It has been a bruising month for Facebook, to say the least.
Reports that Facebook's self-service ad-buying tool may have been used by Russian agents to undermine the 2016 election—as well as allowed anti-Semitic groups to target like-minded individuals—has damaged the brand’s reputation and raised questions about federal regulation of social media ads.
The revelations have also raised questions about transparency, integrity and crisis management. When should a company withhold information it knows will damage its brand, and for how long? At what point does it become dangerous to keep that info to itself? Where is that tipping point, when the act of withholding damaging information becomes worse than the information itself?
Last week, ProPublica published a damning report showing that advertisers could target users who listed such subjects as “Jew hater” and “How to burn Jews” among their topics of interest. That followed fresh on the heels of media reports that Russian operatives purchased $100,000 in ads during and after the 2016 election to promote, among other things, anti-immigration rallies and pages.
In both cases, the ads were bought without any person-to-person interaction between the company and the buyers, or any knowledge by Facebook staff, the company says.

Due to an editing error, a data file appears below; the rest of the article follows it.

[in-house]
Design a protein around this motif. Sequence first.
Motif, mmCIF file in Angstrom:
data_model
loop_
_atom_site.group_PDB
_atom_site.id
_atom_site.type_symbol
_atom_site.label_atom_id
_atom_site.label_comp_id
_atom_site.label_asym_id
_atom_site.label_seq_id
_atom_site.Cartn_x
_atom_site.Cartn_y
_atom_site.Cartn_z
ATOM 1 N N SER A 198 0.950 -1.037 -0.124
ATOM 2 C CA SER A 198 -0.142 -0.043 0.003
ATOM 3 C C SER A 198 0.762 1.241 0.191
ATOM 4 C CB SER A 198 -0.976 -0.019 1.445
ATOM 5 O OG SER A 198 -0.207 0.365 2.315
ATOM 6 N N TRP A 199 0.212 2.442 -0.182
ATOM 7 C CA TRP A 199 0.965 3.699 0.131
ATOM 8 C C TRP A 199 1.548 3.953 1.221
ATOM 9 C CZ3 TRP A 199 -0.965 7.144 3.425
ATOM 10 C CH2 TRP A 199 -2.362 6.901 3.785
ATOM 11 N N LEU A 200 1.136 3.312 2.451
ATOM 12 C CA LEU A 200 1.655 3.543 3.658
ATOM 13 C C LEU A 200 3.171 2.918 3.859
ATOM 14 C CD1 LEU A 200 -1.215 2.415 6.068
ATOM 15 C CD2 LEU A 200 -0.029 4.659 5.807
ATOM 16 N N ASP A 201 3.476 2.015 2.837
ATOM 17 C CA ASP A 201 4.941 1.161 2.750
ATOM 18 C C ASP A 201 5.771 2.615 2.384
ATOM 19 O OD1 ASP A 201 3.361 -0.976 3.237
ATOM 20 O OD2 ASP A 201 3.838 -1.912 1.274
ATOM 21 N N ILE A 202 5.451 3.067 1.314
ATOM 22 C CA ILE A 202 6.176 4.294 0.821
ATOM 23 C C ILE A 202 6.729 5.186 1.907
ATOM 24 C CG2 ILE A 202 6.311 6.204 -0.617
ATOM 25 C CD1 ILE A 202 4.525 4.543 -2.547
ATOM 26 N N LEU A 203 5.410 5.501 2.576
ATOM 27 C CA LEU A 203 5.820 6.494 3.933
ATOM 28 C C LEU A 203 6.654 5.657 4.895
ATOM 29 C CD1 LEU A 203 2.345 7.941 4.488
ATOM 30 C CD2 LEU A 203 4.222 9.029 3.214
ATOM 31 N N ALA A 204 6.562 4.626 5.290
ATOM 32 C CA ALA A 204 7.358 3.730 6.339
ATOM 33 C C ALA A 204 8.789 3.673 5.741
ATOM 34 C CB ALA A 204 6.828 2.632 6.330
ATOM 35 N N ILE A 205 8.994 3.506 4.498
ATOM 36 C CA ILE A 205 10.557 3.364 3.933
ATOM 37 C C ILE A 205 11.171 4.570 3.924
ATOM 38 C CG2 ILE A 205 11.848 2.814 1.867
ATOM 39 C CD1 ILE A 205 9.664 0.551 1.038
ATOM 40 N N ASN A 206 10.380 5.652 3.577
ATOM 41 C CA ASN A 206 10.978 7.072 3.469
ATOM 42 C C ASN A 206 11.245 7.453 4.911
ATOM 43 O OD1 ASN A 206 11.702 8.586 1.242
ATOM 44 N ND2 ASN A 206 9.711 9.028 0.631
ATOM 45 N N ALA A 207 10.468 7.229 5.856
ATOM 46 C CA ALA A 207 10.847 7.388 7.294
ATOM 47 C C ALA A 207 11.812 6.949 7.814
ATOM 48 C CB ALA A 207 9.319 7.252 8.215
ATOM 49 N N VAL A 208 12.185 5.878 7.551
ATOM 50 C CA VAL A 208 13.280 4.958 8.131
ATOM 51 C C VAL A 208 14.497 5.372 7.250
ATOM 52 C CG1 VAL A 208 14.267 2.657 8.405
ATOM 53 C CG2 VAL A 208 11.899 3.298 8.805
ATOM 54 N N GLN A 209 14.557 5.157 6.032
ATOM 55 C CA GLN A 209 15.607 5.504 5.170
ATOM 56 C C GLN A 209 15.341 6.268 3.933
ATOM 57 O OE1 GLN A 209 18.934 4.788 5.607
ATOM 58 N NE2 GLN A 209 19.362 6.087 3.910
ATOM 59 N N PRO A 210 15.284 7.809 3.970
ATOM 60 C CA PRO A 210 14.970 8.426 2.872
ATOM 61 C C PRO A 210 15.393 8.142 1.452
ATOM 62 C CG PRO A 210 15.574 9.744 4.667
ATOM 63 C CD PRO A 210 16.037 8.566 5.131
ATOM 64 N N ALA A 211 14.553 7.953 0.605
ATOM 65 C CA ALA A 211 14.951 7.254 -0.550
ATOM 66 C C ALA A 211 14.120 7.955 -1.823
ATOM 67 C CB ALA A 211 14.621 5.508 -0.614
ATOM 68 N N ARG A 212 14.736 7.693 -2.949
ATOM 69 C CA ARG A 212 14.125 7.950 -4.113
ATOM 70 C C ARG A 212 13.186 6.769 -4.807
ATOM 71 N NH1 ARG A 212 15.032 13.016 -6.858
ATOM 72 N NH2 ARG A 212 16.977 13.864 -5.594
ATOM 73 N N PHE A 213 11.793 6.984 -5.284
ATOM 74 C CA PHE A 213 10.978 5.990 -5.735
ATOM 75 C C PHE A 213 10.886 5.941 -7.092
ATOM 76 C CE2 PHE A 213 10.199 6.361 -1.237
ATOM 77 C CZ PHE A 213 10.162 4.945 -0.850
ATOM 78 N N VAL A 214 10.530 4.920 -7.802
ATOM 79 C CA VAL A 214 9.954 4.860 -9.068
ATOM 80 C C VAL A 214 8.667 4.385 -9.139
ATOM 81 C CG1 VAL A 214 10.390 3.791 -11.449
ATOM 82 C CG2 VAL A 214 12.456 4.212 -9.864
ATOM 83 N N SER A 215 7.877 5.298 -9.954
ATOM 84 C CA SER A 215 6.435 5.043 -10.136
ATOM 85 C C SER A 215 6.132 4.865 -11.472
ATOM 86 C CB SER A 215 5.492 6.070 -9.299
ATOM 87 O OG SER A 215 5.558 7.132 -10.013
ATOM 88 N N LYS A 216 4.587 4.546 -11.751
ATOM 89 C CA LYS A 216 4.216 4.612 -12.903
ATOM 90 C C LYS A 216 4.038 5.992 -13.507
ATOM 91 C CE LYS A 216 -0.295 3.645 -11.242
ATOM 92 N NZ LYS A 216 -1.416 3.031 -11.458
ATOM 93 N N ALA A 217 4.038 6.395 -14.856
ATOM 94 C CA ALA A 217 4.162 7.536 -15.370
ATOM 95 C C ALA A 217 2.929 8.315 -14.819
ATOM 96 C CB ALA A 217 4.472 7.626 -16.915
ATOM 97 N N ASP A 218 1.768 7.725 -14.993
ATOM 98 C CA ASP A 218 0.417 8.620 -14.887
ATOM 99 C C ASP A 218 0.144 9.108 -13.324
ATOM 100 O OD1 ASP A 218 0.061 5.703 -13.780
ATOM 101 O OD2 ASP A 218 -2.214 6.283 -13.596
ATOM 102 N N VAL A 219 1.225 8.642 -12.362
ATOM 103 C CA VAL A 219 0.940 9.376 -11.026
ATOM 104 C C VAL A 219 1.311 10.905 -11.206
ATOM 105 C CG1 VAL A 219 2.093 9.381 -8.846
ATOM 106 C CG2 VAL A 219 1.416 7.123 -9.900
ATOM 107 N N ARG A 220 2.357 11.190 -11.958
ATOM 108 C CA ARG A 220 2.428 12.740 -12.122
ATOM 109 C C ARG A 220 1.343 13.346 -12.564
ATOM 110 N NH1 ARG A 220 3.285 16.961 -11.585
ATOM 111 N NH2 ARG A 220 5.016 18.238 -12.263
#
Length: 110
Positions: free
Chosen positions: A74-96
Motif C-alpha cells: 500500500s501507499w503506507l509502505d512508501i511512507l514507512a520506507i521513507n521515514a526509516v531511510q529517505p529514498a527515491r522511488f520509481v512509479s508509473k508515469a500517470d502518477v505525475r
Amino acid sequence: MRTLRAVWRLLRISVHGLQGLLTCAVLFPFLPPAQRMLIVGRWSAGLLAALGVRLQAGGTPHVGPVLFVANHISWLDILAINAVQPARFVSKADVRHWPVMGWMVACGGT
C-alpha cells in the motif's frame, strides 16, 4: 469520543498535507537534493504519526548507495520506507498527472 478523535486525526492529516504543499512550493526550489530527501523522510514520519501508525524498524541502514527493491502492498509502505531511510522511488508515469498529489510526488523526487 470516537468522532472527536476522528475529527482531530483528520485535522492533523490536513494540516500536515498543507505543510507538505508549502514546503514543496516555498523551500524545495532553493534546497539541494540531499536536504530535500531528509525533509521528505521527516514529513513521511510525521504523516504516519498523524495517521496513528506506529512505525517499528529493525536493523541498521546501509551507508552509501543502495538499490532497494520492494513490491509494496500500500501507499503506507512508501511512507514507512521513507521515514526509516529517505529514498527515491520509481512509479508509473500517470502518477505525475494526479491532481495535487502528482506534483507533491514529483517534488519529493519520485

In the case of the anti-Semitic ads, the company says it was unaware of their existence until confronted with the ProPublica piece. But there was a different timeline on the issue of Russian ads.
How long was Facebook aware of the Russian ads before it took the information to the House and Senate Intelligence Committees? The company initially refused to do so, citing Federal privacy laws that limits their ability to disclose account information. Facebook announced the Russian findings Sept. 6, two weeks before yesterday’s announcement that it would share the information with Congress.
Yesterday, Mark Zuckerberg took to Facebook Live to explain the company's position.
"I wish I could tell you that we're going to be able to stop all interference, but that just wouldn't be realistic," he said. "But we can make it much harder, and that's what we're going to be focused on doing."
Zuckerberg went on to list nine actions the company is taking to prevent election interference in the future, including its cooperation with the government and attempts to make all political ads more transparent.
"We will continue our own investigation into what happened on Facebook in this election. We may find more, and if we do we will cont to work with the government on it," he said. "We’re looking to foreign actors, including additional Russian groups and other former Soviet states as well as organizations like the campaigns, to further our own understanding about how they used all of our tools."
Connect with Jerry: @Jascierto